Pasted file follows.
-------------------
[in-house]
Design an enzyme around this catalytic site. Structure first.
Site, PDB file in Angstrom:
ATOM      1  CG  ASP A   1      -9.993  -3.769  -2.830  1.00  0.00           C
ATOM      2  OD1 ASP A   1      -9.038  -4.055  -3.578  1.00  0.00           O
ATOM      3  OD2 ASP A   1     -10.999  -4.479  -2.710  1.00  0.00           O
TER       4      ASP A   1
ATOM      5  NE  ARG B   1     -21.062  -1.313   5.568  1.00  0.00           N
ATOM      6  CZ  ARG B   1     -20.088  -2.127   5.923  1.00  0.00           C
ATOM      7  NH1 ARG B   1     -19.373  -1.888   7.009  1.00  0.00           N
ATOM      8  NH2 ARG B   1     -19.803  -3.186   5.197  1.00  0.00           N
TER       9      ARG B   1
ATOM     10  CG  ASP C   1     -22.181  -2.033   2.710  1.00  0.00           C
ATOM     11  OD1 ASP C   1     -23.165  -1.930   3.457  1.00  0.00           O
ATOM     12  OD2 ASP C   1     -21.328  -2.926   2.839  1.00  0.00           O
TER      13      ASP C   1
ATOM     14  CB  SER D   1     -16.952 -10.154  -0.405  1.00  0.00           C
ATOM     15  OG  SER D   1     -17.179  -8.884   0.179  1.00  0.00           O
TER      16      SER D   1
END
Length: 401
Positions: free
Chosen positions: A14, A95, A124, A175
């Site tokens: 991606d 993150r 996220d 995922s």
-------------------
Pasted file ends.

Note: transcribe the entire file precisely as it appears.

[in-house]
Design an enzyme around this catalytic site. Structure first.
Site, PDB file in Angstrom:
ATOM      1  CG  ASP A   1      -9.993  -3.769  -2.830  1.00  0.00           C
ATOM      2  OD1 ASP A   1      -9.038  -4.055  -3.578  1.00  0.00           O
ATOM      3  OD2 ASP A   1     -10.999  -4.479  -2.710  1.00  0.00           O
TER       4      ASP A   1
ATOM      5  NE  ARG B   1     -21.062  -1.313   5.568  1.00  0.00           N
ATOM      6  CZ  ARG B   1     -20.088  -2.127   5.923  1.00  0.00           C
ATOM      7  NH1 ARG B   1     -19.373  -1.888   7.009  1.00  0.00           N
ATOM      8  NH2 ARG B   1     -19.803  -3.186   5.197  1.00  0.00           N
TER       9      ARG B   1
ATOM     10  CG  ASP C   1     -22.181  -2.033   2.710  1.00  0.00           C
ATOM     11  OD1 ASP C   1     -23.165  -1.930   3.457  1.00  0.00           O
ATOM     12  OD2 ASP C   1     -21.328  -2.926   2.839  1.00  0.00           O
TER      13      ASP C   1
ATOM     14  CB  SER D   1     -16.952 -10.154  -0.405  1.00  0.00           C
ATOM     15  OG  SER D   1     -17.179  -8.884   0.179  1.00  0.00           O
TER      16      SER D   1
END
Length: 401
Positions: free
Chosen positions: A14, A95, A124, A175
């Site tokens: 991606d 993150r 996220d 995922s």